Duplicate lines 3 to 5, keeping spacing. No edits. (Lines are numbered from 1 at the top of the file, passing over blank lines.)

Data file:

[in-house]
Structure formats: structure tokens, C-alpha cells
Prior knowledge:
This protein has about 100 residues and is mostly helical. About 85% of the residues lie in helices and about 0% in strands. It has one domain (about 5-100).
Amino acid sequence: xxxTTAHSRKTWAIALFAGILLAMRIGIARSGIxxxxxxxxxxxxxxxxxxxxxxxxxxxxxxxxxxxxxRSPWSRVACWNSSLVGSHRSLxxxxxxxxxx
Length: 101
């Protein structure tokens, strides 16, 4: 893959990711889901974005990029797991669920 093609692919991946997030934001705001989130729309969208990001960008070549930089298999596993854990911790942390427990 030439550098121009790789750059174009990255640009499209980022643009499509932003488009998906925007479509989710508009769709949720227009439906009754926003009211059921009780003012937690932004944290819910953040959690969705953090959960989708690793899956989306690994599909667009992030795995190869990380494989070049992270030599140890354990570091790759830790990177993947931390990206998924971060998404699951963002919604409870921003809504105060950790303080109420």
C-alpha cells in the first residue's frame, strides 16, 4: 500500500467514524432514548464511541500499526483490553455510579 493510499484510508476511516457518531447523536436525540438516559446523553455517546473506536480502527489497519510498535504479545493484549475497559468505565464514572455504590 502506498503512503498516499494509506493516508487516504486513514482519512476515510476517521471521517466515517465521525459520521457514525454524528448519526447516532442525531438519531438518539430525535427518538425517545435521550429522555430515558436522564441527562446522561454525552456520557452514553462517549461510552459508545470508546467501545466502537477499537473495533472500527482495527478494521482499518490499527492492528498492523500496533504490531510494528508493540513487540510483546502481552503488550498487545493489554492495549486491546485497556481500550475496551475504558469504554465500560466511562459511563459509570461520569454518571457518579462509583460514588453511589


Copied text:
Prior knowledge:
This protein has about 100 residues and is mostly helical. About 85% of the residues lie in helices and about 0% in strands. It has one domain (about 5-100).
Amino acid sequence: xxxTTAHSRKTWAIALFAGILLAMRIGIARSGIxxxxxxxxxxxxxxxxxxxxxxxxxxxxxxxxxxxxxRSPWSRVACWNSSLVGSHRSLxxxxxxxxxx